Scheda programma d'esame
Anno accademico2017/18
PeriodoSecondo semestre

Programma non disponibile nella lingua selezionata
Learning outcomes

Students are expected to acquire solid knowledge about concepts and techniques in the study of advanced programming languages and their formal logical underpinnings. The course will cover the basic techniques for assigning meaning to programs with higher-order, concurrent and probabilistic features (e.g., domain theory, logical systems, well-founded induction, structural recursion, labelled transition systems, Markov chains, probabilistic reactive systems, stochastic process algebras) and for proving their fundamental properties, such as termination, normalisation, determinacy, behavioural equivalence and logical equivalence. Temporal and modal logics will also be studied for the specification and analysis of programs. In particular, some emphasis will be posed on modularity and compositionality, in the sense of guaranteeing some property of the whole by proving simpler properties of its parts.

Assessment criteria of knowledge

In the written exam the student must demonstrate his/her knowledge of the course material and to organise an effective and correctly written reply. During the oral exam the student must be able to demonstrate his/her knowledge of the course material and be able to discuss the reading matter thoughtfully and with propriety of expression.


  • Final oral exam
  • Final written exam
  • Periodic written tests

Further information:
The evaluation will be based on written and oral exams. The written exam is not necessary if the mid-terms exams are evaluated positively.


At the end of the course the student should be able to state and prove formal properties of declarative, concurrent and probabilistic programs. In particular, they should be able to apply several induction principles and fixpoint theory.

Assessment criteria of skills

The written exam consists of exercises that require to apply formal analysis techniques to some carefully chosen cases.

The oral exam focuses on the definitions and properties presented in the course.


At the end of the course the student should be able to understand logic systems and inductive definitions, to assign semantics to programs, to reason about program equivalence and compliance to abstract specifications. 

Assessment criteria of behaviors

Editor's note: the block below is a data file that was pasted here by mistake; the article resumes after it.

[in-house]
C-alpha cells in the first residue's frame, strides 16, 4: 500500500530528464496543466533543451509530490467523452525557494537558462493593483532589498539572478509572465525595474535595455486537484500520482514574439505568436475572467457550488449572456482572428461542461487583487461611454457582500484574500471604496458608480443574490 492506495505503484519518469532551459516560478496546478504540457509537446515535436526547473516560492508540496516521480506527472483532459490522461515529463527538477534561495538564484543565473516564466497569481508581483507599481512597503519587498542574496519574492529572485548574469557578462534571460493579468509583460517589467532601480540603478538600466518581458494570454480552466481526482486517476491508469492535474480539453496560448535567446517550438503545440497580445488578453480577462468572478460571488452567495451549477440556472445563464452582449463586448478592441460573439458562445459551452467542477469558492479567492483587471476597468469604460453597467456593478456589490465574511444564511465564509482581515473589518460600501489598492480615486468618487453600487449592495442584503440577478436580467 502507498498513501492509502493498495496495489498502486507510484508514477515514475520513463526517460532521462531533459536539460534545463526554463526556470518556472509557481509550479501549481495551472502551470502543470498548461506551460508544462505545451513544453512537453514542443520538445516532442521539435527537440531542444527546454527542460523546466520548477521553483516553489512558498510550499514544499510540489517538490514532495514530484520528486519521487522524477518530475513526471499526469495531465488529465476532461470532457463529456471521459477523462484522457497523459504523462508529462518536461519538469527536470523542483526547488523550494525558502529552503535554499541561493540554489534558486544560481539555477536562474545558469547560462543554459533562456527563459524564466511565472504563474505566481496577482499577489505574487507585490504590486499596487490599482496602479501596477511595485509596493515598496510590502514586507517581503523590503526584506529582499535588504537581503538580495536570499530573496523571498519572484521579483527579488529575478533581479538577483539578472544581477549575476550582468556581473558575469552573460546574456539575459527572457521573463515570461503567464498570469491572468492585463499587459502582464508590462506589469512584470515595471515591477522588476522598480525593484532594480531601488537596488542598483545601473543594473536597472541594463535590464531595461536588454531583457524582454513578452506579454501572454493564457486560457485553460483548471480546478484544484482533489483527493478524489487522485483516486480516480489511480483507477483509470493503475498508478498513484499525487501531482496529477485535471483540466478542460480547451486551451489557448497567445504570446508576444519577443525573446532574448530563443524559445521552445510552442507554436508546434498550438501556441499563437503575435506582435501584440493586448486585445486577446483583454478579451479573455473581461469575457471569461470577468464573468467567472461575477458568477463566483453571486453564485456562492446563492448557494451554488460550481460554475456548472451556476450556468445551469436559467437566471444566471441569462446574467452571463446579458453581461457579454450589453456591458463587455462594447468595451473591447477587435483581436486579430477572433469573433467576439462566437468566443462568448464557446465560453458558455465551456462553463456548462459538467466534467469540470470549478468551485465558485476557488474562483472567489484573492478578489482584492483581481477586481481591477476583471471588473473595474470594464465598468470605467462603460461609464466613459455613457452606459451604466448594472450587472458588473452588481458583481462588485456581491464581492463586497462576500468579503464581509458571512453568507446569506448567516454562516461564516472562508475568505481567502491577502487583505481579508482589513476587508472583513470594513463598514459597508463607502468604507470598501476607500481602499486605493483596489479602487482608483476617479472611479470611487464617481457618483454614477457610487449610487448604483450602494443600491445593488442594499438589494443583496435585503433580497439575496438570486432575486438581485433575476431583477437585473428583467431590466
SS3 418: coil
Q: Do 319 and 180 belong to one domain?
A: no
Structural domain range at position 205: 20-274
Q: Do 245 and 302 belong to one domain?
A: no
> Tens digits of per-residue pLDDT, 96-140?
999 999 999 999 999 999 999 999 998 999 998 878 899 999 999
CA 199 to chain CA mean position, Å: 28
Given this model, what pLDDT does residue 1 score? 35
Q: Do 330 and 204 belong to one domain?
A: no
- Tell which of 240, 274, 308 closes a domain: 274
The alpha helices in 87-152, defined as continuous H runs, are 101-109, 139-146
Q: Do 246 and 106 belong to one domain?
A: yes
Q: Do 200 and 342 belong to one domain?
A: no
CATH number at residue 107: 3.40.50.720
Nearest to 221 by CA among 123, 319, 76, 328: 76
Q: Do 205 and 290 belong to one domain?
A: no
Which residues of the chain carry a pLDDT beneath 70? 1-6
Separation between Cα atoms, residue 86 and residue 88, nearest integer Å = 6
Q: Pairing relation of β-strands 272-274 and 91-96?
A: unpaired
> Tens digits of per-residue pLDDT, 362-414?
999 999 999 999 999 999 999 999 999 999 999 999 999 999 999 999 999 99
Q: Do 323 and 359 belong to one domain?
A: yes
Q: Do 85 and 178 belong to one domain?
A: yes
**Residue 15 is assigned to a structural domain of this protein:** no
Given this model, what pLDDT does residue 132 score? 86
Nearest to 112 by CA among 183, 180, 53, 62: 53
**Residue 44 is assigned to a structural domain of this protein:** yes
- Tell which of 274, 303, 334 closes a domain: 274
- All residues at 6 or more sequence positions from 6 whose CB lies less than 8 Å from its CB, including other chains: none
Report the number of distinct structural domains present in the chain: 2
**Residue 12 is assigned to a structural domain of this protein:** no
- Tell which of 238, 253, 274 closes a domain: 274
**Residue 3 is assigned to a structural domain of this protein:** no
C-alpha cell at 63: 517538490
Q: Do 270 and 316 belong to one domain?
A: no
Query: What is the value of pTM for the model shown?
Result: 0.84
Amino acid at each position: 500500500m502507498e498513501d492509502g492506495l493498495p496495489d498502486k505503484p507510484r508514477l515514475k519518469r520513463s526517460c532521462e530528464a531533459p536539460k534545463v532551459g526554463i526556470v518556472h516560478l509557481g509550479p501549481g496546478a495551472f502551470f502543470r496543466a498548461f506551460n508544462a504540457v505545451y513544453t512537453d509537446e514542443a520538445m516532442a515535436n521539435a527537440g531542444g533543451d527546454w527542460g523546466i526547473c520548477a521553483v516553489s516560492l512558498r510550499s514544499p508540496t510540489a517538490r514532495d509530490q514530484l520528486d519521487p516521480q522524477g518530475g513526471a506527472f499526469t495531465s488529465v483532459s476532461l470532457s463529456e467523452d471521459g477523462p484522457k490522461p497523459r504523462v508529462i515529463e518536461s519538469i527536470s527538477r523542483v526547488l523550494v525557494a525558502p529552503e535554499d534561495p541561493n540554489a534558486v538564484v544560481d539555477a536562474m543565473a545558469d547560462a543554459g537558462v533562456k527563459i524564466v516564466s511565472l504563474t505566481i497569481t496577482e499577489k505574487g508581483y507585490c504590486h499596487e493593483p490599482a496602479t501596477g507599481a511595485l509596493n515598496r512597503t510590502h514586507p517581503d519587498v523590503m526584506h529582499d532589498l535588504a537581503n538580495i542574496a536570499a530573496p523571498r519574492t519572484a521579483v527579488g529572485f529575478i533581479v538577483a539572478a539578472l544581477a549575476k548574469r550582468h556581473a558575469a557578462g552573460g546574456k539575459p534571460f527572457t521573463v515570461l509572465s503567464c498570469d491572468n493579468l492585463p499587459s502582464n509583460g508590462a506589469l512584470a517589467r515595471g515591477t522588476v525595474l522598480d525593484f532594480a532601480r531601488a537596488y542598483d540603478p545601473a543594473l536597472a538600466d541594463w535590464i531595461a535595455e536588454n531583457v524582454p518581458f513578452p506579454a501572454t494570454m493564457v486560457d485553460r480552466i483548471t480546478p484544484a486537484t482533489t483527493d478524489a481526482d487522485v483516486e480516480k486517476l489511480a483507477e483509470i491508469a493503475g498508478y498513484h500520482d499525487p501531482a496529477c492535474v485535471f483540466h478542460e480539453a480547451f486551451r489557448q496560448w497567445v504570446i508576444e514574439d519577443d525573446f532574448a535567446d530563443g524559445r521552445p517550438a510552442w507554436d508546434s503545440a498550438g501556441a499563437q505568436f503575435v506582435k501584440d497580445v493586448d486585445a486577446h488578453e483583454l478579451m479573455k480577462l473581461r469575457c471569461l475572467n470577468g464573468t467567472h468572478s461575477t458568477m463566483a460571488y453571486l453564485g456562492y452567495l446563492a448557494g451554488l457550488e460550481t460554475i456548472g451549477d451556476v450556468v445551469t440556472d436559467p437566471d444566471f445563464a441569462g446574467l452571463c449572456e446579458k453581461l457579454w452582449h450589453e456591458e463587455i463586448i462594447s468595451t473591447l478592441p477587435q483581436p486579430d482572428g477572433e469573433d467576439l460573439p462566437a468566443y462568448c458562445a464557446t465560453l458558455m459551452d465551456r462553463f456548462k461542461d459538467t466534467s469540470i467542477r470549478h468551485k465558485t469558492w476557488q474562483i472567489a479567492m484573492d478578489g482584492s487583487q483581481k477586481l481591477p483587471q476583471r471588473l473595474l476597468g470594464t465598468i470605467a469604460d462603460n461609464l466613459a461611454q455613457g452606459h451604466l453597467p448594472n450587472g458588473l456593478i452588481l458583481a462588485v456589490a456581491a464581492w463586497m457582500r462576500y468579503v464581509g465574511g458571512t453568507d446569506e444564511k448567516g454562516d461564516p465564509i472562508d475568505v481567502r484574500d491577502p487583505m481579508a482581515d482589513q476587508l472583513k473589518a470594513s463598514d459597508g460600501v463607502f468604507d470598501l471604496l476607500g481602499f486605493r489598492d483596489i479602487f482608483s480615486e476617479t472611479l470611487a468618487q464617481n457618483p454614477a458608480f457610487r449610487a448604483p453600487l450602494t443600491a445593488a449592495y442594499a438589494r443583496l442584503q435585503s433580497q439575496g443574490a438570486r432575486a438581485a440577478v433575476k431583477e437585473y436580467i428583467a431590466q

Written and oral exam.


There are no prerequisites, but the students are expected to have some familiarity with discrete mathematics, first-order logic, context-free grammars, and code fragments in imperative and functional style.

Teaching methods

Delivery: face to face

Learning activities:

  • attending lectures
  • participation in discussions
  • home assignments, to be solved together in the next lecture
  • individual study

Attendance: Advised

Teaching methods:

  • Lectures
  • Induction and recursion, partial orders, fixed points, lambda-notation.
  • Functional programming and analysis of higher-order functional languages.
  • Concurrent programming and analysis of concurrent and nondeterministic systems.
  • Code orchestration and analysis of coordination languages.
  • Models and analysis of probabilistic and stochastic systems.

Main text:

Other readings:

Non-attending students info

No variation.

Assessment methods

Written (two mid-term, or one regular) exam and oral exam.

The written exam consists of a series of exercises to be solved in 2 hours. Each exercise is assigned some score and the overal score is the sum of scores for each exercise. The texts of exams from previous sessions and academic years are linked from the web page of the course.

The oral exam can involve the discussion of the written exam as well as questions about the main topics of the course topics. The average duration of the oral exam is 40' 



Additional web pages

Some teaching tools overviewed in the course are:

  • Haskell
  • CAAL
  • PseuCo
  • Google Go
  • Erlang
  • Orc
  • PEPA


Ultimo aggiornamento 26/07/2017 12:05